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Mondelez Sustainable Forestry 2013

Whereas:
 
Mondelez is one of the world’s largest consumer products companies, with a diversified line of brands including Oreo, Nabisco and Halls. Palm oil, soya, sugar and paper are used in a variety of Mondelez products.  Globally, demand for these commodities is fueling deforestation. Several of these commodities have been linked to human rights violations, including child and forced labor. 
 
Forests are rapidly declining at a rate of 55 football fields per minute according to the United Nations. Only about 20% of the world’s original forests remain undisturbed.  
 
As a member of the Consumer Goods Forum, Mondelez recognizes that “Deforestation is one of the principal drivers of climate change, accounting for 17% of greenhouse gases today. The consumer goods industry, through its growing use of soya, palm oil, beef, paper and board, creates many of the economic incentives which drive deforestation.” (Consumer Goods Forum press release, 11/29/10) 
 
The Intergovernmental Panel on Climate Change, the leading international network of climate scientists, has concluded that global warming is “unequivocal.” The U.S. Environmental Protection Agency has determined that greenhouse gases threaten Americans’ health and welfare.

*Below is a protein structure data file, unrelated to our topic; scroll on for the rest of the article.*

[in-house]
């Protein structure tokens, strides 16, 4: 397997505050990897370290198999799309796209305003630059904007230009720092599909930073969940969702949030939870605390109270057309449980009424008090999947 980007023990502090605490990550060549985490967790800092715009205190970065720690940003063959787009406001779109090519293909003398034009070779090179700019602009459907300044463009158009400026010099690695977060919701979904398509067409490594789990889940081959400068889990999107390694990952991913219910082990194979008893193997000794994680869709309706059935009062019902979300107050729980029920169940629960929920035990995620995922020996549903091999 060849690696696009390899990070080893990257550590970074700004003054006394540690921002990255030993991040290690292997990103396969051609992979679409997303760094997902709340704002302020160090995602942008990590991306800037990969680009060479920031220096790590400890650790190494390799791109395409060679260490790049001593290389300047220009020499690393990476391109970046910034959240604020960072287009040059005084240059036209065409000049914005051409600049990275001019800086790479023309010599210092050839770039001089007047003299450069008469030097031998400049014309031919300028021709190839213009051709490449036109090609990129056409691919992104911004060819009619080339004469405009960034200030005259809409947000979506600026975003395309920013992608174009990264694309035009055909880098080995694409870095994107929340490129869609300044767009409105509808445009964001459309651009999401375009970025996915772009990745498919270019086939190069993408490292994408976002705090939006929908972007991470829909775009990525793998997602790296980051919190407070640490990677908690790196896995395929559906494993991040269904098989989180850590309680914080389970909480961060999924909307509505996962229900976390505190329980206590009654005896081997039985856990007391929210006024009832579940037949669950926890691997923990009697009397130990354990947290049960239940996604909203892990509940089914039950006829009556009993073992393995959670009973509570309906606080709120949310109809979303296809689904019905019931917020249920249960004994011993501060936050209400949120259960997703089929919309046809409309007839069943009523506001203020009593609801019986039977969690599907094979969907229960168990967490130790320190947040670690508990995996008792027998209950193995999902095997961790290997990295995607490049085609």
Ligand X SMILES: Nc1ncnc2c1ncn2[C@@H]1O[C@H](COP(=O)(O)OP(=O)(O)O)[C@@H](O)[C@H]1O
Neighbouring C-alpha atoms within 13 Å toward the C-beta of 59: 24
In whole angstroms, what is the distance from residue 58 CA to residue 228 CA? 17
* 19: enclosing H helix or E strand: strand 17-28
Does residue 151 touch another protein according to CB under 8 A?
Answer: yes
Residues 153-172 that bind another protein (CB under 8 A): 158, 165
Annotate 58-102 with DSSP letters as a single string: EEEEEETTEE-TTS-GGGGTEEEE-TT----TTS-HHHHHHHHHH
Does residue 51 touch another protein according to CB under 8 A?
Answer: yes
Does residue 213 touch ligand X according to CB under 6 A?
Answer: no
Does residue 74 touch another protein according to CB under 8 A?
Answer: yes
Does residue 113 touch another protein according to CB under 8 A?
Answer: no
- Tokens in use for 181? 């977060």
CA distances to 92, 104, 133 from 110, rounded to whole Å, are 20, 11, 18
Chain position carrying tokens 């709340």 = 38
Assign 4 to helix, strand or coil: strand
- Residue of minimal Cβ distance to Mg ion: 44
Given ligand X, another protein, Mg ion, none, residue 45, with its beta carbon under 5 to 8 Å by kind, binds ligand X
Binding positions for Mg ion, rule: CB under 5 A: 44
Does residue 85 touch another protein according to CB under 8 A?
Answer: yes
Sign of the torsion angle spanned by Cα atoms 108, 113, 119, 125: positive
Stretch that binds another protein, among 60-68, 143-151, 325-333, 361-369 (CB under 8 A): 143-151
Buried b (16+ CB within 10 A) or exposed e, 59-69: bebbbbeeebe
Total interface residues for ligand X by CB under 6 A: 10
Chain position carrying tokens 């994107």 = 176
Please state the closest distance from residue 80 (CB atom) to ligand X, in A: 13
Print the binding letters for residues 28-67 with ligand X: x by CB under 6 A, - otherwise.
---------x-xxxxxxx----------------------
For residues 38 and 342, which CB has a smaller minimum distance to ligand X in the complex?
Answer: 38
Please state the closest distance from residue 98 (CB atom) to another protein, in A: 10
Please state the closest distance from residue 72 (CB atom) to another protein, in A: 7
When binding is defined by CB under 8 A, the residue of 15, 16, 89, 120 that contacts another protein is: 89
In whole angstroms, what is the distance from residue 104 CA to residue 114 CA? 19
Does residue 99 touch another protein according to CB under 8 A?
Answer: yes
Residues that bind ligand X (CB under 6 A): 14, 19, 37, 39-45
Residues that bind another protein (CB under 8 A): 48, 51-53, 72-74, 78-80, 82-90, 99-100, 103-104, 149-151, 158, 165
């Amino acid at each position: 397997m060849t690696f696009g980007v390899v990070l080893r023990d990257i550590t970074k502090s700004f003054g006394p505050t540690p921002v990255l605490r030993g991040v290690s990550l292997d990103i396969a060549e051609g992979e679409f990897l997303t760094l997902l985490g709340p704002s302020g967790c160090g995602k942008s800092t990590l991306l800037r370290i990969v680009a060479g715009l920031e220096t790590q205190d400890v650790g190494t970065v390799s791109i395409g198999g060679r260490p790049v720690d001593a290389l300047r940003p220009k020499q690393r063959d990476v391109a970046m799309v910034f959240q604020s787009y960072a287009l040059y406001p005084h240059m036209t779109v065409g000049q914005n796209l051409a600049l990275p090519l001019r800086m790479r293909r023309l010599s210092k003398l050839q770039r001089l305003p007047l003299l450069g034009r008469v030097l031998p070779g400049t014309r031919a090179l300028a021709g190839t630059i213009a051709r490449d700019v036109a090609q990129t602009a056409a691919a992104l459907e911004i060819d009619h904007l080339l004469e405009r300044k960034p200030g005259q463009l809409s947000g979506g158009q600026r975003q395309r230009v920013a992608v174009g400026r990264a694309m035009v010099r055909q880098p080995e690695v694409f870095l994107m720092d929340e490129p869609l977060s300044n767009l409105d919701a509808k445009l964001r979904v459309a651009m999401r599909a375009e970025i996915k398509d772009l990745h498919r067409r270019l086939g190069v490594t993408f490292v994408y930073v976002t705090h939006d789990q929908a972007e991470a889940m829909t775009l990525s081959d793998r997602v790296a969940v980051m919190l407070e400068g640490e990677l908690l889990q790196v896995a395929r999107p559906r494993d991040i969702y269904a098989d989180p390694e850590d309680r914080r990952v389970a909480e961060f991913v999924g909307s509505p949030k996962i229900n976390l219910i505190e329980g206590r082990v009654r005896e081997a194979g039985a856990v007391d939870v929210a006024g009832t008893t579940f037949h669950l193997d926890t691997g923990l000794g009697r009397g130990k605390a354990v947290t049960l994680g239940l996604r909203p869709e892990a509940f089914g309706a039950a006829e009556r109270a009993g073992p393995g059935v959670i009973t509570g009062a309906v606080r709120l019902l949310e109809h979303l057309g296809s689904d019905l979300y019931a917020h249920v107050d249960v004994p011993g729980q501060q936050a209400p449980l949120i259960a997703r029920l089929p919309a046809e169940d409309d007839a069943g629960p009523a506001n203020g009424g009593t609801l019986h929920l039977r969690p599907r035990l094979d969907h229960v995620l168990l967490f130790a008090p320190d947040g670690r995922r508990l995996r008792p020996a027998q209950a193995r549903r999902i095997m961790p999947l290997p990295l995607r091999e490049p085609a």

Climate change impacts from deforestation and poor forest management can be reduced through increased use of recycled materials, independent third party certification schemes, and monitoring of supply chains. 
 
Forest Footprint Disclosure (FFD), an initiative backed by 77 financial institutions managing more than $7 trillion,  calls on global corporations to report on how their activities and supply chains contribute to deforestation and how those impacts are being managed.  Although Mondelez has received several annual requests from FFD seeking disclosure of the company’s management of deforestation risks in its supply chain, to date it has declined to respond.  
 
Mondelez discloses some information on its purchases of certified Palm Oil, but provides no information on the impact on forests of its soya, paper and sugar purchases. Meaningful indicators of how Mondelez is managing deforestation risks would include:  
 
A company-wide policy on deforestation
The percentage of purchases of Palm Oil, soya, sugar and paper that are sustainably sourced, with clear goals for each commodity
Results of audits to ensure that suppliers are in compliance with Mondelez’s forestry goals  
Identification of certification systems and programs that the company uses to ensure sustainable sourcing of each of these commodities.  
 
Proponent believes that Mondelez faces potential reputational and operational risks by failing to adequately disclose its approach to managing deforestation risks. For example, Cadbury, now a Mondelez brand, faced public controversy over use of Palm Oil in its Dairy Milk bars in New Zealand. 

RESOLVED:  Shareholders request the Board to prepare a report, at reasonable cost and omitting proprietary information, by December 1, 2013, describing how Mondelez is assessing the company’s supply chain impact on deforestation and the company’s plans to mitigate these risks.